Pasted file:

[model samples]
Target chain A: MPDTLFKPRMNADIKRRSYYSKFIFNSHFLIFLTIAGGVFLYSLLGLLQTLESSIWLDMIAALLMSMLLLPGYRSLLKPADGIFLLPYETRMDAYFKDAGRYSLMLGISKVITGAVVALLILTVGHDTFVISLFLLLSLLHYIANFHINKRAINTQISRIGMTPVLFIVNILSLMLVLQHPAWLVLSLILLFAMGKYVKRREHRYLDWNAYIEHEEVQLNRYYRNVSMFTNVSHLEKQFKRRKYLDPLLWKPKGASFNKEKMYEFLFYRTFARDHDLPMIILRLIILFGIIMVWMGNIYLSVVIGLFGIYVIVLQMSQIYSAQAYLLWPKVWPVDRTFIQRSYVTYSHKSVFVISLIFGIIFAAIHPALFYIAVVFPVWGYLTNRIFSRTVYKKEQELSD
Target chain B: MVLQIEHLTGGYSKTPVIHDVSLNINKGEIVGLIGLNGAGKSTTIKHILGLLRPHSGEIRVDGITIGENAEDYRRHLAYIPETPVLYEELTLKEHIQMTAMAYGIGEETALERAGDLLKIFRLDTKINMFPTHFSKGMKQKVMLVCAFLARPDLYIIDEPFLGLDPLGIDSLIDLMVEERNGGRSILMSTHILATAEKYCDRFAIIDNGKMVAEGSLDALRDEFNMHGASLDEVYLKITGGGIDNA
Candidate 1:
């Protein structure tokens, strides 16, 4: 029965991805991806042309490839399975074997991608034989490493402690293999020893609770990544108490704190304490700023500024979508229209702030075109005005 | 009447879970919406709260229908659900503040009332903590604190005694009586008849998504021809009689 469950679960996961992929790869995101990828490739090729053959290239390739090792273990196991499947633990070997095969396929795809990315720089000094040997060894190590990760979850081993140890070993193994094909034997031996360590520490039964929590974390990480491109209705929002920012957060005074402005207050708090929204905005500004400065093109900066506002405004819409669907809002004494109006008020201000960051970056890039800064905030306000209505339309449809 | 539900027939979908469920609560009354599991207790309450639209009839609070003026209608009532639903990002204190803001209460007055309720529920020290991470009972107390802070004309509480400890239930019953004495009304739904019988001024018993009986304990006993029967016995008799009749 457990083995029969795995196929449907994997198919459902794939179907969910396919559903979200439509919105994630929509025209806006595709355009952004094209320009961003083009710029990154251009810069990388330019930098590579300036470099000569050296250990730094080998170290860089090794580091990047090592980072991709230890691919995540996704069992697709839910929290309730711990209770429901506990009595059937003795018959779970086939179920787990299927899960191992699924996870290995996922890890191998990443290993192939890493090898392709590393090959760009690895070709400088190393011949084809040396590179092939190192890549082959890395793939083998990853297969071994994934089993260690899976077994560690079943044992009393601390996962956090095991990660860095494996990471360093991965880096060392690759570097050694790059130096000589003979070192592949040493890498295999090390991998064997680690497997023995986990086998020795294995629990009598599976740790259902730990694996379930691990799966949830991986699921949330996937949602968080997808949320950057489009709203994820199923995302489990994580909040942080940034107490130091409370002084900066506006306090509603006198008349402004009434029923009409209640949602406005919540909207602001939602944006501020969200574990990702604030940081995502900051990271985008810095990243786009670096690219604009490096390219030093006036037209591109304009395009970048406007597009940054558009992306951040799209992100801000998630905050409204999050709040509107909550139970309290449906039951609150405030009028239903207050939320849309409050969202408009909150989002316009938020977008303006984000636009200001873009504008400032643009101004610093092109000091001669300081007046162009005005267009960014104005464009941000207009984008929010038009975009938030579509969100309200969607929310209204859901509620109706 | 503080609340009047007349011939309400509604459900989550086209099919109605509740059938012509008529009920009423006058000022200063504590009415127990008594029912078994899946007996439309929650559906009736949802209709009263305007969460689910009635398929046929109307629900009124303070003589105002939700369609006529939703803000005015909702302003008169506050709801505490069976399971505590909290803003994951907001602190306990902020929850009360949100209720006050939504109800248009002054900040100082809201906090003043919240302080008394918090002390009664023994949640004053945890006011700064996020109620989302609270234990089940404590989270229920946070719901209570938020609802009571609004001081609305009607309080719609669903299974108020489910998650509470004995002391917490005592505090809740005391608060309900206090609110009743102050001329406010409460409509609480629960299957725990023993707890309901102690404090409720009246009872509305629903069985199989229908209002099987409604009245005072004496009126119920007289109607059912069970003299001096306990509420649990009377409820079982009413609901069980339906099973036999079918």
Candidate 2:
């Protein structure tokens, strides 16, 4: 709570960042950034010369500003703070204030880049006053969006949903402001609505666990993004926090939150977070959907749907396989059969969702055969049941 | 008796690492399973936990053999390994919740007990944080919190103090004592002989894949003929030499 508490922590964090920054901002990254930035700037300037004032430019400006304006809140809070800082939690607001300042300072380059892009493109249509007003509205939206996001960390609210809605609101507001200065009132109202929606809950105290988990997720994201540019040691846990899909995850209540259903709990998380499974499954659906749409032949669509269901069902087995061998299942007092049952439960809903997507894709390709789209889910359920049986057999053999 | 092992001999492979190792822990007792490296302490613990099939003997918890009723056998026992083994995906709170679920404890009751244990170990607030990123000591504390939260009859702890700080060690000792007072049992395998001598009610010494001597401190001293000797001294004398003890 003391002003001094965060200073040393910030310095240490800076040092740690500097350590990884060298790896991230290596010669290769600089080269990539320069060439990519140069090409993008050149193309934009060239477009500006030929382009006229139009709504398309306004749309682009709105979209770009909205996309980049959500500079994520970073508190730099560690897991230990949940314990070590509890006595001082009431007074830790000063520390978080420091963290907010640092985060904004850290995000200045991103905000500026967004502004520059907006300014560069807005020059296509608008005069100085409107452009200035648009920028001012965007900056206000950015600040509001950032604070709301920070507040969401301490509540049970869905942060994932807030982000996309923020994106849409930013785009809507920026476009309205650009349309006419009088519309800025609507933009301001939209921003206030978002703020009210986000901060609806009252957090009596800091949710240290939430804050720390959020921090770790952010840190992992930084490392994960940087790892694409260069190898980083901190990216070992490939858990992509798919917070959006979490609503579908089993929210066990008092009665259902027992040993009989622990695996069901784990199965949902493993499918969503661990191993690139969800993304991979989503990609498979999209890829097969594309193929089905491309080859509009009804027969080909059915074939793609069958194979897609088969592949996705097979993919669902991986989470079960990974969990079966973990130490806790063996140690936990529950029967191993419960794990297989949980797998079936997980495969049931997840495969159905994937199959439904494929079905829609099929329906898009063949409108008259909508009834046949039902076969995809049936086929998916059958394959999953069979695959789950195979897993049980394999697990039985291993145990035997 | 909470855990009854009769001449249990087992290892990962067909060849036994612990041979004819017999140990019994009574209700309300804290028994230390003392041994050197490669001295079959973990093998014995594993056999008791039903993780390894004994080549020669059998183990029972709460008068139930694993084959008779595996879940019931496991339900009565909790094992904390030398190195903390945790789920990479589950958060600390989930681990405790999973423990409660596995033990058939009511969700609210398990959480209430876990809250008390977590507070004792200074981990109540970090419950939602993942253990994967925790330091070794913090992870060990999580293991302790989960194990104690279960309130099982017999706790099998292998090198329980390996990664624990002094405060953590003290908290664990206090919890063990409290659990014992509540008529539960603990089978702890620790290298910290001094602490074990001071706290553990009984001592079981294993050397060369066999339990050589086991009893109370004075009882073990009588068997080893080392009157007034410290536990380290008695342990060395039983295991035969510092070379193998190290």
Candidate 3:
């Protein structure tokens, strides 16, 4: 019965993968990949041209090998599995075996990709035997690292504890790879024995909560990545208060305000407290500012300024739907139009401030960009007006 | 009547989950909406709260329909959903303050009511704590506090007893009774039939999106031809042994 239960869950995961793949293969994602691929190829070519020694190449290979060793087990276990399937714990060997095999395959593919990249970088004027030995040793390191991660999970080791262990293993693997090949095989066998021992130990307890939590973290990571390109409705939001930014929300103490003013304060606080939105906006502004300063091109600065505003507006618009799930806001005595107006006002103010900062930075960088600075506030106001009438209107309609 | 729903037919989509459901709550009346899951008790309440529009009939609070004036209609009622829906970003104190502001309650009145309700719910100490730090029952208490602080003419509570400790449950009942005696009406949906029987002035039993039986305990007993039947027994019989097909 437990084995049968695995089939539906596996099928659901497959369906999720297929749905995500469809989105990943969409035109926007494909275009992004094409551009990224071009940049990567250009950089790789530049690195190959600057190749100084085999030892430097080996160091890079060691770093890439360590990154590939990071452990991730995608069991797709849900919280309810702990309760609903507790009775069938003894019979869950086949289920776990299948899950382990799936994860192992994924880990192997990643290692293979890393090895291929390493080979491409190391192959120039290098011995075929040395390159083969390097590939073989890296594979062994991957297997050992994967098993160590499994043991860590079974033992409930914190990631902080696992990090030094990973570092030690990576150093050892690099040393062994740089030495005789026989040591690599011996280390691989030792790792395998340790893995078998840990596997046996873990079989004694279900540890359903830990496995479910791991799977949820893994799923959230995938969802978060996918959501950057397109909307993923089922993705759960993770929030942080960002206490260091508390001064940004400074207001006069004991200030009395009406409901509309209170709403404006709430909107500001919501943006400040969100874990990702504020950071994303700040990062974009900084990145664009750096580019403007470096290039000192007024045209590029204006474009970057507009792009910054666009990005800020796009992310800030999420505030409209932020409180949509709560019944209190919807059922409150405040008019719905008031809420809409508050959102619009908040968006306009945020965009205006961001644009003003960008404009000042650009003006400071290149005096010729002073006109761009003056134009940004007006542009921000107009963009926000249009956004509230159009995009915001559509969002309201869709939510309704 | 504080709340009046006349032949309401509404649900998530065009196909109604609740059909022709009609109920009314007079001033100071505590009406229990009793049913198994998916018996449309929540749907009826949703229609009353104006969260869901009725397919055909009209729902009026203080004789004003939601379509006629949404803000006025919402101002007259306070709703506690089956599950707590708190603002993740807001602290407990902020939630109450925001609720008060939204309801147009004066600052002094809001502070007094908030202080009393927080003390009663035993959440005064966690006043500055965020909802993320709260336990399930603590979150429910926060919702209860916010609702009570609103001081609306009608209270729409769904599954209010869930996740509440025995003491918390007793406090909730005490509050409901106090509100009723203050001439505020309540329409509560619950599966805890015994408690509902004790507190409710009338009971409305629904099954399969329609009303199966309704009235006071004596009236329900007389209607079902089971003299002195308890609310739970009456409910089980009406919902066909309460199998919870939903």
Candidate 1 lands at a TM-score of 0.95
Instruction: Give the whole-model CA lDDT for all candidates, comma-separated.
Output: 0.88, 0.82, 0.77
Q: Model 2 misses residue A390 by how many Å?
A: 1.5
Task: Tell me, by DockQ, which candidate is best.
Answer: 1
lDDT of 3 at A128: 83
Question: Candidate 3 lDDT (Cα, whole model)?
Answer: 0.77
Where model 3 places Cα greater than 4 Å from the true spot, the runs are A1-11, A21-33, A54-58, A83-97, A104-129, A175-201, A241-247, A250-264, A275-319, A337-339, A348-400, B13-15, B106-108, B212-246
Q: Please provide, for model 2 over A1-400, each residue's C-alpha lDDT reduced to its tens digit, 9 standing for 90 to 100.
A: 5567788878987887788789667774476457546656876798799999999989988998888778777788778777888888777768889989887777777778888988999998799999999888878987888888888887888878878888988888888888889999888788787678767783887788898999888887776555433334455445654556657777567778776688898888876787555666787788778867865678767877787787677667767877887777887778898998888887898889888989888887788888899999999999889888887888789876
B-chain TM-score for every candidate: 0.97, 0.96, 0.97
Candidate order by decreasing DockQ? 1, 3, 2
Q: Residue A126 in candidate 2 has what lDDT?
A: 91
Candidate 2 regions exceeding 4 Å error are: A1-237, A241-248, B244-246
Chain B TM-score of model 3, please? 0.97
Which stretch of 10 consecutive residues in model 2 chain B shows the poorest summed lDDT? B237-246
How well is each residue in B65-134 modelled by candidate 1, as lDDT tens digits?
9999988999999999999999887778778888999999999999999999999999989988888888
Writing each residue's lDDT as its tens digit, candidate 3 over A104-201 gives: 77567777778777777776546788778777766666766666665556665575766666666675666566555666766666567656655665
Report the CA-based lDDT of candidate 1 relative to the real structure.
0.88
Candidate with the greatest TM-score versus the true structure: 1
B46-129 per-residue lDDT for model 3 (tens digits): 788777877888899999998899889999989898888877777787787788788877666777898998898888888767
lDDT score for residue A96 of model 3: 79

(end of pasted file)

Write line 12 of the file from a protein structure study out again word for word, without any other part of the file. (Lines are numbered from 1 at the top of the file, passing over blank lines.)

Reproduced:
Output: 0.88, 0.82, 0.77